I think that’s so well said. You know, I, I couldn’t agree more to be quite frank, mentored observation, or whatever term you want to apply to it is, is critical to improvement, but it does require some humility and some self confidence and some willingness to try and get better, you know, I would love for someone like you to come and watch me do a colonoscopy and tweak me in it. You know, I’m, I’m reminded of a really neat article that Atul Gawande wrote, you know, from from Boston, where he was doing an endocrine procedure, and he had a very senior recently retired surgeon just come in, and this sort of icon of surgery was taking 1,000,001 pages of notes, and he was thinking, What am I doing right? What am I doing wrong? And, you know, he beautifully as as only he can do describes that probe that process and that experience and how much it improved his operating. And that was just sort of one exposure. And I I think we all probably should seek those opportunities a lot more than we do. The one of the things you had mentioned was sort of defining an advanced polyp. And I’m curious how you assess resectability for an advanced polyp, you know, with the understanding that you’re a very skilled interventional gastroenterologist with a skill set that not only will exceed, obviously most gastroenterologist, but the vast majority of surgeon. So I’m curious how you look at that. And really what I’m getting at, is if I’m doing colonoscopies in High River, or you’re getting going to go back, Timmins, Ontario, when should you stop? In other words, when should you you pull the chute and send that patient off to somebody like you with with a vast array of skills and knowledge? And to be quite honest, probably different equipment on occasion as well.
Clarence Wong 42:20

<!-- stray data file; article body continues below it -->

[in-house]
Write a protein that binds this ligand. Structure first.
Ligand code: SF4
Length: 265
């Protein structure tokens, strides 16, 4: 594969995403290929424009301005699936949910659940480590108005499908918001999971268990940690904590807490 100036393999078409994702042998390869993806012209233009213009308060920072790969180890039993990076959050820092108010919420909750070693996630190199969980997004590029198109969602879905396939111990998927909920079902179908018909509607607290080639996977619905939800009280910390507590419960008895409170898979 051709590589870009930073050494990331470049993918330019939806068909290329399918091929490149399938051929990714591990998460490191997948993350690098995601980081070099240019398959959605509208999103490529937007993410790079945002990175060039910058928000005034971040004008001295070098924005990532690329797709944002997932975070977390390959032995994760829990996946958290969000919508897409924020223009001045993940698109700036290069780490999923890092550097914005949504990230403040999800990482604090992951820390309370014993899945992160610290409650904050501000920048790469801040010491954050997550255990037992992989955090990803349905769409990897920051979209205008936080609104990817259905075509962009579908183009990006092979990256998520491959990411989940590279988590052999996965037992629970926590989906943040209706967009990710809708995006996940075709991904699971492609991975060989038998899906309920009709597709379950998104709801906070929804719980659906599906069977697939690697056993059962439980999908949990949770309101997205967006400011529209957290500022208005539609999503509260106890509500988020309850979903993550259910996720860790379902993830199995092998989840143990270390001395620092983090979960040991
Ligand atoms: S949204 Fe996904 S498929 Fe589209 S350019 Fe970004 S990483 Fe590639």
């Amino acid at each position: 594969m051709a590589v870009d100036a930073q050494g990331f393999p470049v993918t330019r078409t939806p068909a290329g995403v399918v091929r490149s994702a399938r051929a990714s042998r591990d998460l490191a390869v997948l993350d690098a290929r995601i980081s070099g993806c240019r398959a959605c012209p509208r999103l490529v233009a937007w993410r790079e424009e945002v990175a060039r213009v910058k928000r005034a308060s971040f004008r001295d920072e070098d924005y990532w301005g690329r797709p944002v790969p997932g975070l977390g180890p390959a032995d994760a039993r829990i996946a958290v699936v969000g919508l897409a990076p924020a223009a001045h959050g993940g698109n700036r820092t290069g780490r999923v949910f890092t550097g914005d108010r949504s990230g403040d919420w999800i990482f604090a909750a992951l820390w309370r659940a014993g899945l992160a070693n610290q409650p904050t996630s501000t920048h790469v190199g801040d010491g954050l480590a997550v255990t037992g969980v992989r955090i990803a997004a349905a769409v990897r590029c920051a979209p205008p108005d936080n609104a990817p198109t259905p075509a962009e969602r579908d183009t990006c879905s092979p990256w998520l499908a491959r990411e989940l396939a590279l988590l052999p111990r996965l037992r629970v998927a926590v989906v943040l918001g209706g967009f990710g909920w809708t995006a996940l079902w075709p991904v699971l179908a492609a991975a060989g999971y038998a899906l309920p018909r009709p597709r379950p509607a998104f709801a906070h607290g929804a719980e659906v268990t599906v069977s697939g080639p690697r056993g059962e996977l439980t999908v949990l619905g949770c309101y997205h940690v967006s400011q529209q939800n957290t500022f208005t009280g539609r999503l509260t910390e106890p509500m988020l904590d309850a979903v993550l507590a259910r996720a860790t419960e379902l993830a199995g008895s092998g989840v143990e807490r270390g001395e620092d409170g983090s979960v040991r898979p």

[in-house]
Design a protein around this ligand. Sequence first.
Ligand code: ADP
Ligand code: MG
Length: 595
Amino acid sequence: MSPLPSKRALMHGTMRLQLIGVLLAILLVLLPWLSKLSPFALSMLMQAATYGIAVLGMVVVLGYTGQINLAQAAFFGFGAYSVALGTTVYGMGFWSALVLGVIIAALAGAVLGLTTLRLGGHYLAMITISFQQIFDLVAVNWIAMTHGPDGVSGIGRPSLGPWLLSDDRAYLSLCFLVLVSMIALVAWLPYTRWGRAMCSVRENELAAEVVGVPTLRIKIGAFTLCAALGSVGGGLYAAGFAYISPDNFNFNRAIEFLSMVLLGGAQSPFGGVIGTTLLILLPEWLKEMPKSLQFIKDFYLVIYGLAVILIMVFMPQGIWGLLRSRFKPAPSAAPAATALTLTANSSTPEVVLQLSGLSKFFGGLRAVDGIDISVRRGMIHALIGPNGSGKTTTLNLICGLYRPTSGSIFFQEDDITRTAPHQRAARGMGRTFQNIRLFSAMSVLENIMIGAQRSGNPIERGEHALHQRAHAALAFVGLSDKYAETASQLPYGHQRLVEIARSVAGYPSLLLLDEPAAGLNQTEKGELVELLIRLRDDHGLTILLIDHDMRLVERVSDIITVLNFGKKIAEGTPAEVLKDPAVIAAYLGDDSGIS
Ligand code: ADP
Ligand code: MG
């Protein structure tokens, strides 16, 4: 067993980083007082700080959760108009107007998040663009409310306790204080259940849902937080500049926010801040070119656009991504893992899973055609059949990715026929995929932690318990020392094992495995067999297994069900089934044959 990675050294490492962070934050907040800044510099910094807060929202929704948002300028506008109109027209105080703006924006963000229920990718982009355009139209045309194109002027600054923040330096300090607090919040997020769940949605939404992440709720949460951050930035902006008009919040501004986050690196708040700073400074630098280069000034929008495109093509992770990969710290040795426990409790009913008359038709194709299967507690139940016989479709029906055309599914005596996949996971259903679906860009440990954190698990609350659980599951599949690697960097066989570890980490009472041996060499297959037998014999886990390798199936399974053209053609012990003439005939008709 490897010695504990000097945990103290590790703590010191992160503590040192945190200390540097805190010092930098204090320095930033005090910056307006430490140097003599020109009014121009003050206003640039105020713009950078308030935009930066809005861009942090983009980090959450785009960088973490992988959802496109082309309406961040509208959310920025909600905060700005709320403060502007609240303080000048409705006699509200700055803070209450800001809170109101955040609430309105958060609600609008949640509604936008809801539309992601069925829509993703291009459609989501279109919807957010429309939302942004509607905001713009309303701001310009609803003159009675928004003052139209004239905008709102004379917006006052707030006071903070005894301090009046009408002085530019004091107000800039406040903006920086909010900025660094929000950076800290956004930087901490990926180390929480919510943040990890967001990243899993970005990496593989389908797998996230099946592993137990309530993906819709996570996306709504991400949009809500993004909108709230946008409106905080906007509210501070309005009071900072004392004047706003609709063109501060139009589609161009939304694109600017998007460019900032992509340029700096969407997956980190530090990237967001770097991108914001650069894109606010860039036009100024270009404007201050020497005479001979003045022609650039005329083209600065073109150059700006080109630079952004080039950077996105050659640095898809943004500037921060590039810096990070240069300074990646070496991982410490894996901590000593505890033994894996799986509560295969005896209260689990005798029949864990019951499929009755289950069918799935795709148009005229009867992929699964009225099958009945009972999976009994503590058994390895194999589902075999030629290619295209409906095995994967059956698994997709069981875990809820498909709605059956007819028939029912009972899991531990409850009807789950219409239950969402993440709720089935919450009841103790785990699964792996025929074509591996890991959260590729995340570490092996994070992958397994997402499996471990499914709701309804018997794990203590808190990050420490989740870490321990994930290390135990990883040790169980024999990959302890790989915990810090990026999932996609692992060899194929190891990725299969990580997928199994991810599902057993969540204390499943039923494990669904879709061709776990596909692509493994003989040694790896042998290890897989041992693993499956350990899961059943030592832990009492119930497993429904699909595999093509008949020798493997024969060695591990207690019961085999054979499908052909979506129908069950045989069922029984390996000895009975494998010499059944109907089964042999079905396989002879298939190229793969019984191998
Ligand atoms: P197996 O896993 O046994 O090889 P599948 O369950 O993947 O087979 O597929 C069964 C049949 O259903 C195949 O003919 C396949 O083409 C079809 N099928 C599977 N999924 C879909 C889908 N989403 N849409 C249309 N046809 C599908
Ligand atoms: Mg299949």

Right. No, that’s a great, great question. It’s something that you know, when we cover the conferences, we talk about a lot. And there are actually fairly recent guidelines from the USPSTF, actually on on surveillance, but also, there’s another subgroup that actually looked at polypectomy performance. And from the evidence, it’s really, really clear that if you’re looking at a lesion over two centimeters of size, it should be considered an advanced lesion. And in fact, for in the colon, if it’s know sessile-ish, in terms of there are at least semi pedunculated large that something like that we’re calling an LST, or a lateral spreading tumor. And once you get in that, that range of two centimeters, you should be sending it off to somebody with more experience. Now, even in our community, in our GI community, we’re having a difficulty of convincing some people to do that. But you know, some of the things for an advanced endos was to look at is is number one, just in the amount of time experience we have looking at the lesion. Most of us across the country that that deal with NICO lesions, whether it be in the esophagus, stomach, or colon, so that you know what before we jump in and you’re looking for snares, or whatever else, look at it under you know, careful, high definition endoscopy, use the chromo or virtual chromoendoscopy. Now most people don’t even know where the narrowband imaging button is on their endoscopes. Look at that, assess it. And then think about you know, are there elements may be of deeper cancer, because the biggest mistake I think, for most people is starting a resection, and then abandoning it. And that’s probably the most common type of I would say, a bit of a mistake that I see from the referrals coming in, in the city or from the periphery is that people get into it, and they realize they’re in trouble. It’s never you know, other than the patient’s having to prep again, it’s never wrong to pause to look at it, take pictures, bring it back out, and then just tell the patient know what we got to book this back again, and do this right. I think if you’re looking at a standard 30 or 40 minute time slot, and you’re trying to resect, a two centimeter polyp, almost any expert across the field will tell you, you don’t have enough time to do that correctly and safely. Whereas if I get one of those lesions, I will book off the time to make sure I’m actually just being careful looking at it, and actually using those techniques. So as a good general rule, if you’re looking at assess a lesion over two centimeters, you should be really careful about not tackling at that time. The second issue is about biopsy. Now in the therapeutic field, there’s some kind of it’s a bit of a controversy of what to do. Some of the I think what I call them, the purists, because obviously I don’t agree with them with a no never biopsy, I’m just, you know, maybe tattoo distally and send it off. The problem with that approach is that I’ve had some people send me cancers in so that patients been waiting to see me for one or two months, I take a look. And so I wish the biopsy was done, because that’s clearly a cancer, that’s not a resectable lesion. The other way or the other problems that some people really go at it with the biopsies and the, the biopsy hits so much that they actually tack it down. And so my kind of compromise is, was I’m telling people, they’re looking at these, you know, what, take a look, take a bite of just a one or two bites of the areas that you’re most worried about, if I’m not, you know, close around or accessible. And then like, say, tattoo distally. And that’s actually the other part too. And I think I was doing actually a study with one of your residents in Calgary, there’s a number of people are still tattooing under the lesion, which completely wrecks all resectability planes. And so those are the things kind of to think about before sending it on. The other thing, too, is just take pictures, like take lots of pictures, it’s up to you, you probably won’t be surprised, but I get these referrals, you know large polyp in rectum. You know, what does that mean? How am I supposed to triage that and get a sense from that person should do a full prep? Should I bring them down from you know, again, high level the book for two hours or just put that for 15 minutes for a sake. And so all these things in and in Ontario, what they did is actually did a checklist when you’re looking at large polyps and I think maybe that’s one of the approaches that we may need to take in Alberta as well.